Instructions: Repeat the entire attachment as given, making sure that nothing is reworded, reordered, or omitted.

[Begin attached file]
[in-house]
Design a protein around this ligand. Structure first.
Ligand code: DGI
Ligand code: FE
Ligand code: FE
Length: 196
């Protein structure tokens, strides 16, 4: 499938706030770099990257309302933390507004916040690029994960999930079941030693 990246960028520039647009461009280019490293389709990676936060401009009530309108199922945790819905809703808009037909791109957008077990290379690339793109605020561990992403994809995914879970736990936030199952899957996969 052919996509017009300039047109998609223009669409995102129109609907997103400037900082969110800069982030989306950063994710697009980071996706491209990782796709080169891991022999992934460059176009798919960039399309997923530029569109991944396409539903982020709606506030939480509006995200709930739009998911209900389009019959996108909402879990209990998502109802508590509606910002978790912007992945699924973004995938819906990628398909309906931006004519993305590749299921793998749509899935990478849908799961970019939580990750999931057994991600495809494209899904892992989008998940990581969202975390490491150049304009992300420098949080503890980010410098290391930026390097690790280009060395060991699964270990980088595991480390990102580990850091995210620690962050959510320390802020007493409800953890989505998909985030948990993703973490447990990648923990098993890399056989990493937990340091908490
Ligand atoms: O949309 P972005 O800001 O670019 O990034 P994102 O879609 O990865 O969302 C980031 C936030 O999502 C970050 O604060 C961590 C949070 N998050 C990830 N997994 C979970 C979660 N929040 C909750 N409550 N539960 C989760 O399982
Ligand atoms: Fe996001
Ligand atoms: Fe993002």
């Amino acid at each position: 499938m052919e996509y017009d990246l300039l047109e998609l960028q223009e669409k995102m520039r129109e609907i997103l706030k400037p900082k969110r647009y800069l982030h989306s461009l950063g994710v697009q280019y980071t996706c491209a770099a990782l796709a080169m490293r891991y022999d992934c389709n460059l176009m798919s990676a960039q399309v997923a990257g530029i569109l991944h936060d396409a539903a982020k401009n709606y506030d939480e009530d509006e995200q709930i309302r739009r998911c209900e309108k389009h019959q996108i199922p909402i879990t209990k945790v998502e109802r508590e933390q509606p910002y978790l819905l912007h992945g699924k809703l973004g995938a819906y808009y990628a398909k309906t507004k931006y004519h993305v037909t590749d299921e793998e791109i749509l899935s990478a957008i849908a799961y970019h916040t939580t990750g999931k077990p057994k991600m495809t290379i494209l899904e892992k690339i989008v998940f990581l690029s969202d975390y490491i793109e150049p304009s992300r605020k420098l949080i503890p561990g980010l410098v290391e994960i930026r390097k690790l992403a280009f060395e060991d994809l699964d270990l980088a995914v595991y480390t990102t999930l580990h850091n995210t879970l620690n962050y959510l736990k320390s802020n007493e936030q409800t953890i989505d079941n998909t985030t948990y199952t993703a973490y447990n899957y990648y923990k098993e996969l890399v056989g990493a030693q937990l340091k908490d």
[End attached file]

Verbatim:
[in-house]
Design a protein around this ligand. Structure first.
Ligand code: DGI
Ligand code: FE
Ligand code: FE
Length: 196
């Protein structure tokens, strides 16, 4: 499938706030770099990257309302933390507004916040690029994960999930079941030693 990246960028520039647009461009280019490293389709990676936060401009009530309108199922945790819905809703808009037909791109957008077990290379690339793109605020561990992403994809995914879970736990936030199952899957996969 052919996509017009300039047109998609223009669409995102129109609907997103400037900082969110800069982030989306950063994710697009980071996706491209990782796709080169891991022999992934460059176009798919960039399309997923530029569109991944396409539903982020709606506030939480509006995200709930739009998911209900389009019959996108909402879990209990998502109802508590509606910002978790912007992945699924973004995938819906990628398909309906931006004519993305590749299921793998749509899935990478849908799961970019939580990750999931057994991600495809494209899904892992989008998940990581969202975390490491150049304009992300420098949080503890980010410098290391930026390097690790280009060395060991699964270990980088595991480390990102580990850091995210620690962050959510320390802020007493409800953890989505998909985030948990993703973490447990990648923990098993890399056989990493937990340091908490
Ligand atoms: O949309 P972005 O800001 O670019 O990034 P994102 O879609 O990865 O969302 C980031 C936030 O999502 C970050 O604060 C961590 C949070 N998050 C990830 N997994 C979970 C979660 N929040 C909750 N409550 N539960 C989760 O399982
Ligand atoms: Fe996001
Ligand atoms: Fe993002």
């Amino acid at each position: 499938m052919e996509y017009d990246l300039l047109e998609l960028q223009e669409k995102m520039r129109e609907i997103l706030k400037p900082k969110r647009y800069l982030h989306s461009l950063g994710v697009q280019y980071t996706c491209a770099a990782l796709a080169m490293r891991y022999d992934c389709n460059l176009m798919s990676a960039q399309v997923a990257g530029i569109l991944h936060d396409a539903a982020k401009n709606y506030d939480e009530d509006e995200q709930i309302r739009r998911c209900e309108k389009h019959q996108i199922p909402i879990t209990k945790v998502e109802r508590e933390q509606p910002y978790l819905l912007h992945g699924k809703l973004g995938a819906y808009y990628a398909k309906t507004k931006y004519h993305v037909t590749d299921e793998e791109i749509l899935s990478a957008i849908a799961y970019h916040t939580t990750g999931k077990p057994k991600m495809t290379i494209l899904e892992k690339i989008v998940f990581l690029s969202d975390y490491i793109e150049p304009s992300r605020k420098l949080i503890p561990g980010l410098v290391e994960i930026r390097k690790l992403a280009f060395e060991d994809l699964d270990l980088a995914v595991y480390t990102t999930l580990h850091n995210t879970l620690n962050y959510l736990k320390s802020n007493e936030q409800t953890i989505d079941n998909t985030t948990y199952t993703a973490y447990n899957y990648y923990k098993e996969l890399v056989g990493a030693q937990l340091k908490d």